According to Johannesburg Metro police spokesperson Superintendent Wayne Minnaar, the sad reality is that metro police officers cannot be deployed at all the busy intersections in the event that load shedding is implemented.
“Our officers work in shifts [morning, mid-morning, night and all night] in all our regions from Midrand stretching to Orange Farm and between 35 and 40 officers are working on each shift,” said Minnaar.
Some of the roads and areas badly affected included Marlboro, Randburg and Main Reef. By late yesterday, Eskom moved to stage 3 load shedding.
Eskom spokesperson Khulu Phasiwe said even if one unit from Medupi were to be brought online at this stage, it wouldn’t necessarily take away the risk of load shedding.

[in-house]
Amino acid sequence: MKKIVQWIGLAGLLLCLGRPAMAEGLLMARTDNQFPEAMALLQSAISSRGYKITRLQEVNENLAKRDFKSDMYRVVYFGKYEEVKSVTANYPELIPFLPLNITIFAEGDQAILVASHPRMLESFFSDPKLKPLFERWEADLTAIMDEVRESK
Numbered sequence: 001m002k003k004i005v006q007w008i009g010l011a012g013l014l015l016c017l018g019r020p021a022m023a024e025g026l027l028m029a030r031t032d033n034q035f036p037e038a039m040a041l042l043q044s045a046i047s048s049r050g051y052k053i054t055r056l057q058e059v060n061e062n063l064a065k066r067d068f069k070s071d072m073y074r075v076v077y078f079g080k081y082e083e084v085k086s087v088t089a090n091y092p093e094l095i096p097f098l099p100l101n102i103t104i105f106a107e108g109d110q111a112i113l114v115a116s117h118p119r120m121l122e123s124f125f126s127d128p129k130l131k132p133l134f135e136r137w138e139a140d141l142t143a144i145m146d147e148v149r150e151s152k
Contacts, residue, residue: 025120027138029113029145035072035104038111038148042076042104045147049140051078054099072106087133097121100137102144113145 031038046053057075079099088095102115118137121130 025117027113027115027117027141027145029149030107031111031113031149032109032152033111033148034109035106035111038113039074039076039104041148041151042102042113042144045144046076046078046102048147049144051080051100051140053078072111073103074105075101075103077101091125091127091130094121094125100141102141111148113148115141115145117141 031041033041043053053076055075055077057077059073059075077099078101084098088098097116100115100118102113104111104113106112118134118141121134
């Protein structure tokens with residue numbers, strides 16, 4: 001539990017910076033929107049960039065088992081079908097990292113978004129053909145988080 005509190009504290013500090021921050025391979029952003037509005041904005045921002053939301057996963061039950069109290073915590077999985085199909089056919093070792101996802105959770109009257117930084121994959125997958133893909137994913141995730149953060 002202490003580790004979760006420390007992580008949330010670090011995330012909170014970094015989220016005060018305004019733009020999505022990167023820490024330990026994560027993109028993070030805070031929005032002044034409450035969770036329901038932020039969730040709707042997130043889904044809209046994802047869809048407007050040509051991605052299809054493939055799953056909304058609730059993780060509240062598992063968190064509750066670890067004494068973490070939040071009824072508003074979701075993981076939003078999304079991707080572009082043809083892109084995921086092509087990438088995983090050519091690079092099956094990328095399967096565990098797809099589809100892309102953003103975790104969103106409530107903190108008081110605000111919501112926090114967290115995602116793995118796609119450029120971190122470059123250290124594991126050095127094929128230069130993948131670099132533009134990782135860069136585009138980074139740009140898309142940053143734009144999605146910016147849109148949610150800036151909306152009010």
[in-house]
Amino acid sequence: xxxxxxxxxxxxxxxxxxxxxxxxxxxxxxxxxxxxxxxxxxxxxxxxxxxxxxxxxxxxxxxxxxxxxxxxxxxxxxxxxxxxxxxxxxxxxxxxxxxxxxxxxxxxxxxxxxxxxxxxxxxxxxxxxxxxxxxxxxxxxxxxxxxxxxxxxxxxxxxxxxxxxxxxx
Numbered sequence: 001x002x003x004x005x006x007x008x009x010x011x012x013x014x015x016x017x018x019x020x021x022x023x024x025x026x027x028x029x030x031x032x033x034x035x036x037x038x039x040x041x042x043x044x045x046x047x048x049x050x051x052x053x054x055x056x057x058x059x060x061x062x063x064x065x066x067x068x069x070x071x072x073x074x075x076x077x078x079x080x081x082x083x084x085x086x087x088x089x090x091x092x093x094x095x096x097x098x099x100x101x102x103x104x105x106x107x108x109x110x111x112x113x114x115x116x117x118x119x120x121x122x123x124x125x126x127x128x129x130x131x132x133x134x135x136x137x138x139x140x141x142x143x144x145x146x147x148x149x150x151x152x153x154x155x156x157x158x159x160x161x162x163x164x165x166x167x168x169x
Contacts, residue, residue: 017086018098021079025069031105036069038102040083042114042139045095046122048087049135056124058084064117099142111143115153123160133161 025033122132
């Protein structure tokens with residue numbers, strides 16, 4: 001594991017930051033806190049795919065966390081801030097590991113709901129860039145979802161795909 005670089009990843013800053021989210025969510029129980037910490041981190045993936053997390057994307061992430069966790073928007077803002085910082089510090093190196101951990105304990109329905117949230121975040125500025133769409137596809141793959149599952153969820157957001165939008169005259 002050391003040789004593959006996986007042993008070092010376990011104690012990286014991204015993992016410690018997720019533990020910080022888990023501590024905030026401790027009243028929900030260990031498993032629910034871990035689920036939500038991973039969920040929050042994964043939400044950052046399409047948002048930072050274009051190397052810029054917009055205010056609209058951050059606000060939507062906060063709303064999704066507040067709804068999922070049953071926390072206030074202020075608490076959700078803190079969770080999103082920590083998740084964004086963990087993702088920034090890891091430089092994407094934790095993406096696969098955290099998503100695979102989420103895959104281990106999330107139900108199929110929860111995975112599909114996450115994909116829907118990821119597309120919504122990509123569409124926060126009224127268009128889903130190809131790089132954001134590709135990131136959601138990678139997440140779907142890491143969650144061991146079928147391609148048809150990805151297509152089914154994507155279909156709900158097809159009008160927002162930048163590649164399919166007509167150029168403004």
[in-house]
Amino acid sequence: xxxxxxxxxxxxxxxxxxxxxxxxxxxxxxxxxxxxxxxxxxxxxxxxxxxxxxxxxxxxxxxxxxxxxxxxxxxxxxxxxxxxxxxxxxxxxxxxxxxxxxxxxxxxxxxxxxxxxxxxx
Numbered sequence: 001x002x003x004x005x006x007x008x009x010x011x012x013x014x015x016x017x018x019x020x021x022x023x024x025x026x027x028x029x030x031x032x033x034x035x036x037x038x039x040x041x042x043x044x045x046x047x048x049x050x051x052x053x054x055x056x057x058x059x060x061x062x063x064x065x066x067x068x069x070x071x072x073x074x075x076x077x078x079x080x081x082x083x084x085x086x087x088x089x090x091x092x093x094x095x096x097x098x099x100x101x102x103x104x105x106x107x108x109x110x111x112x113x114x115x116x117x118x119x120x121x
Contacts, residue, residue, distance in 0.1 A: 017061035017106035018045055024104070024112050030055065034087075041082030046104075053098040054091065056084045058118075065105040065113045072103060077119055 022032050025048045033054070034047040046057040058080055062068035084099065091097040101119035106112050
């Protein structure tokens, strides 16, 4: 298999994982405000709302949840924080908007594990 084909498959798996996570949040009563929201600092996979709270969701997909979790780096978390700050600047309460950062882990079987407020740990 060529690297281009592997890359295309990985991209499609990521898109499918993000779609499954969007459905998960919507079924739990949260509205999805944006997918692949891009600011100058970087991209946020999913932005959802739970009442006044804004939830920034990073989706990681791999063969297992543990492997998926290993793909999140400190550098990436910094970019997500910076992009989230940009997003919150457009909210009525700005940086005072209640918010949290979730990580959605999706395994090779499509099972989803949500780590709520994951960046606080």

Phasiwe said although the drop in temperatures contributed to load shedding being implemented, that had not had a severe impact on the national power grid.
He stressed the major contribution which led to load shedding had been the unavailability of some generators. Meanwhile, the South African Weather Services yesterday warned residents in Gauteng should brace themselves for the first real winter cold snap.
The snap was expected to hit later today, tomorrow, as well as on Friday. According to forecaster Christina Thaele, evening and morning minimums are expected to range between 4°C and 10°C over the next three days.
“We are also expecting a drop in daytime temperatures [maximums], with temperatures set to peak between 21°C and 25°C,” said Thaele.